Two weeks ago, immediately after walking off stage at the I Am Choice rally, Gloria Steinem took a few minutes to speak to Creative Loafing. On the eve of a presidential election, Steinem talked about the importance of voting. She also pressed that equal pay for women is about more than just gender equality, but rather a major boost for the economy laying in wait.
Arielle Stevenson: We are in a swing county, in a swing state. Why is it important to vote in this election?
Gloria Steinem: Because you're in a swing county in a swing state (laughs). As this county goes, so could the country. And especially after 2000 when 536 votes won the entire presidential election, even though later it turned out that factually gore had won popular vote. So not only is it important to vote, but to fight to vote.
In Florida, we've seen examples of voter suppression and voter intimidation. There are a lot of people here that are disenchanted with the voting process, they don't feel their vote counts or they feel that it is too hard to fight to even do it.
That is what people who benefit from a low voter turn out — which always means older, richer, whiter turn out — have systemically tried to tell us since the 1970s. That our vote doesn't count and politics is dirty. I remember when mud-throwing ads were initiated not only because they might damage candidates unjustly but also because they discouraged people from voting at all by thinking politics is dirty. So that exact myth is exactly why we should vote. The day we vote is the only day on earth in which the least powerful are equal to the most powerful.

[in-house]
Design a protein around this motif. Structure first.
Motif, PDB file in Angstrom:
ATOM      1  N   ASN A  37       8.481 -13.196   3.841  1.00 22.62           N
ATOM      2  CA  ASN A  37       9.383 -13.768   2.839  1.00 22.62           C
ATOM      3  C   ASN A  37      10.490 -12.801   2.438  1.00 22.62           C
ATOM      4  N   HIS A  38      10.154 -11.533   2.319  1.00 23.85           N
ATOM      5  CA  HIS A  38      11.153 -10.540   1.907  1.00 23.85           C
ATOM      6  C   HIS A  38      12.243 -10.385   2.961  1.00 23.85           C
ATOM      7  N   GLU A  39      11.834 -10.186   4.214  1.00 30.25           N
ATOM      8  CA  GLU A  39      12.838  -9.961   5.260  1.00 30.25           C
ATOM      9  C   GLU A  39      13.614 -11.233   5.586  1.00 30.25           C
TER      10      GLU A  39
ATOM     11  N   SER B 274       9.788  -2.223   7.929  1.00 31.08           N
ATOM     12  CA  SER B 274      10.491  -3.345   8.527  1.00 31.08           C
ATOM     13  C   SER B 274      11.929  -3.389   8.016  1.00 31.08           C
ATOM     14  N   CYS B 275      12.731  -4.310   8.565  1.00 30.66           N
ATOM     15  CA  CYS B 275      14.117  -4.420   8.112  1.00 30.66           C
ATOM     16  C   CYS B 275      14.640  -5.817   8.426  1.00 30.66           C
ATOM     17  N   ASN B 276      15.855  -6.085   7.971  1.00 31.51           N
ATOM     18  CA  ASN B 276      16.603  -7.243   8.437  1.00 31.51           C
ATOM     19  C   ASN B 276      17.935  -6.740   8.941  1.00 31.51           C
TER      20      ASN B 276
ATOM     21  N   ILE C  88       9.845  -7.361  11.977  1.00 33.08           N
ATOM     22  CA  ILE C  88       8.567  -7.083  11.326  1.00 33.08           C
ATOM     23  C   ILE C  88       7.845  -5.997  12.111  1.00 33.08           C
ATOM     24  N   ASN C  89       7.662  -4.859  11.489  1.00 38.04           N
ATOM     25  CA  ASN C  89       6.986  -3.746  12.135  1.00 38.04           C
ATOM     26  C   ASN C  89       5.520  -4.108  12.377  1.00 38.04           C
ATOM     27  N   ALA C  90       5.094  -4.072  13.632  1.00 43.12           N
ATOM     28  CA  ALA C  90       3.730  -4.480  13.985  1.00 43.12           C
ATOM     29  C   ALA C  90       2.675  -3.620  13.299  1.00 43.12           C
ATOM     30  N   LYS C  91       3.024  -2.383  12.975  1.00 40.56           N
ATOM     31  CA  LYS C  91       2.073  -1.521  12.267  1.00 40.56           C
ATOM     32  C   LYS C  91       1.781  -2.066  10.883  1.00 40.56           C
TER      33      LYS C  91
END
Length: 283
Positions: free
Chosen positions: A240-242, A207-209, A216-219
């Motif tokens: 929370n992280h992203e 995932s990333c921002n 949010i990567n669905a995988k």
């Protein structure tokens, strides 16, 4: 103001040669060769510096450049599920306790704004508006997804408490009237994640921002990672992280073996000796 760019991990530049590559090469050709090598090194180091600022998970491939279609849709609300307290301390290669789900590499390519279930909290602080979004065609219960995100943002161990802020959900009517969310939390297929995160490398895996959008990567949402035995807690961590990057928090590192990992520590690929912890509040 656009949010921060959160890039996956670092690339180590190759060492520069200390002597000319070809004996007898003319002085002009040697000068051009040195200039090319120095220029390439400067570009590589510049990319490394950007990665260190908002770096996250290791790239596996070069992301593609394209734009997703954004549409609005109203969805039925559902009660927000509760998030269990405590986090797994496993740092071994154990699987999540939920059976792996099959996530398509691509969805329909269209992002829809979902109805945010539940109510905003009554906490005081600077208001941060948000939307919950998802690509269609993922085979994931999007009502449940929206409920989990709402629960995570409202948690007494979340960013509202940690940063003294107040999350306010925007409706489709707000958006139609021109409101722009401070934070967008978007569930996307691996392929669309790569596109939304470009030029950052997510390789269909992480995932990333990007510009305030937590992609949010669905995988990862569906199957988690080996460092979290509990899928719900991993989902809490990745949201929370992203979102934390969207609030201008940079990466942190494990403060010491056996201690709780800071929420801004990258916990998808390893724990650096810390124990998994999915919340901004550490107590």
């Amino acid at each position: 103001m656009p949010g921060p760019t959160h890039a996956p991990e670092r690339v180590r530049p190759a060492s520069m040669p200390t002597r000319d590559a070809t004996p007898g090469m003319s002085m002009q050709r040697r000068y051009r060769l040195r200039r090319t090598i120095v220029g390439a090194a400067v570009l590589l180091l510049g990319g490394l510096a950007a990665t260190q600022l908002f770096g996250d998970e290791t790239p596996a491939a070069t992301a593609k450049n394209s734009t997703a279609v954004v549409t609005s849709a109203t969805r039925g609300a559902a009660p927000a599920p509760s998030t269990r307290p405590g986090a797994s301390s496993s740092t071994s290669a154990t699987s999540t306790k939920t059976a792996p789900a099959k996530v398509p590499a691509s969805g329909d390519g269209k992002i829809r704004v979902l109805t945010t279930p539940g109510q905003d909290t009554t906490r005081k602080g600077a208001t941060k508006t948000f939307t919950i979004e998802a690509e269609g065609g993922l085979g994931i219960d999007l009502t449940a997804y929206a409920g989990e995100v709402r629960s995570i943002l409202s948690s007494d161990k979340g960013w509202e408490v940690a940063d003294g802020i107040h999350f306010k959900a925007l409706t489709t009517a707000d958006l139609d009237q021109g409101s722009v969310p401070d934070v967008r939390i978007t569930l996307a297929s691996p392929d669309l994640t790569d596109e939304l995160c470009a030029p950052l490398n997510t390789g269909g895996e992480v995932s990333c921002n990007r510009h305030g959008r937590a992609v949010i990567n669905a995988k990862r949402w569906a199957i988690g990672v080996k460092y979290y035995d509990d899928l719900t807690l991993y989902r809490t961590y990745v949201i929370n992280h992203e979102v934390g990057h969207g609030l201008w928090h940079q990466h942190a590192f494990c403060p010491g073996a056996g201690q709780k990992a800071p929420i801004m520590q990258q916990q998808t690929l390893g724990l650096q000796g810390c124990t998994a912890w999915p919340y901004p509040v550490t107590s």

In India for instance, with all the problems with poverty and illiteracy, a bigger percentage of qualified voters turn out than in this country. Poor people turn out more than rich people because they understand this is the one chance they have to establish some kind of democracy. So the entire idea that your vote doesn't matter, that is a head trip. It was consciously created in the early 1970s and it's absolutely not true.
It's been a very effective tool, no?
Yes, but it shouldn't be because if we talk to each other, we understand that it's wrong.
We're here at the I Am Choice rally, which is about Amendment 6. What does the I Am Choice campaign mean to you as someone who has fought for women's rights for so many years?
It simply means the right to decide whether the decision to have a child is a fundamental human right that each individual gets to make. Not the state, not the government, and not the state legislature. We do not need state legislators making that kind of decision for us. It's especially lethal on reproductive rights because reproductive rights go even deeper than the economy and they're connected to the economy, but even deeper is the ability to control how many workers soldiers we have. This is the reason for controlling women, we are the means of reproduction they're trying to control reproduction. Reproductive freedom is the key not only to our equal rights but also the key in the end to diminishing violence on earth. The trend of the patriarchal towards controlling females whether through child marriage, honor killings, domestic violence, it's all about controlling reproduction, which is fundamental to have reproductive freedom.
Amendment 6 was sponsored by female state Sen. Anitere Flores in Miami. What do you think of a woman sponsoring this kind of legislation?
Every subordinate group internalizes subordination. In the past there have been Jews who are anti-Semitic, there have always been the Clarence Thomas' of the world, who progressed because they were against majority views of a group. Or even the Sarah Palins.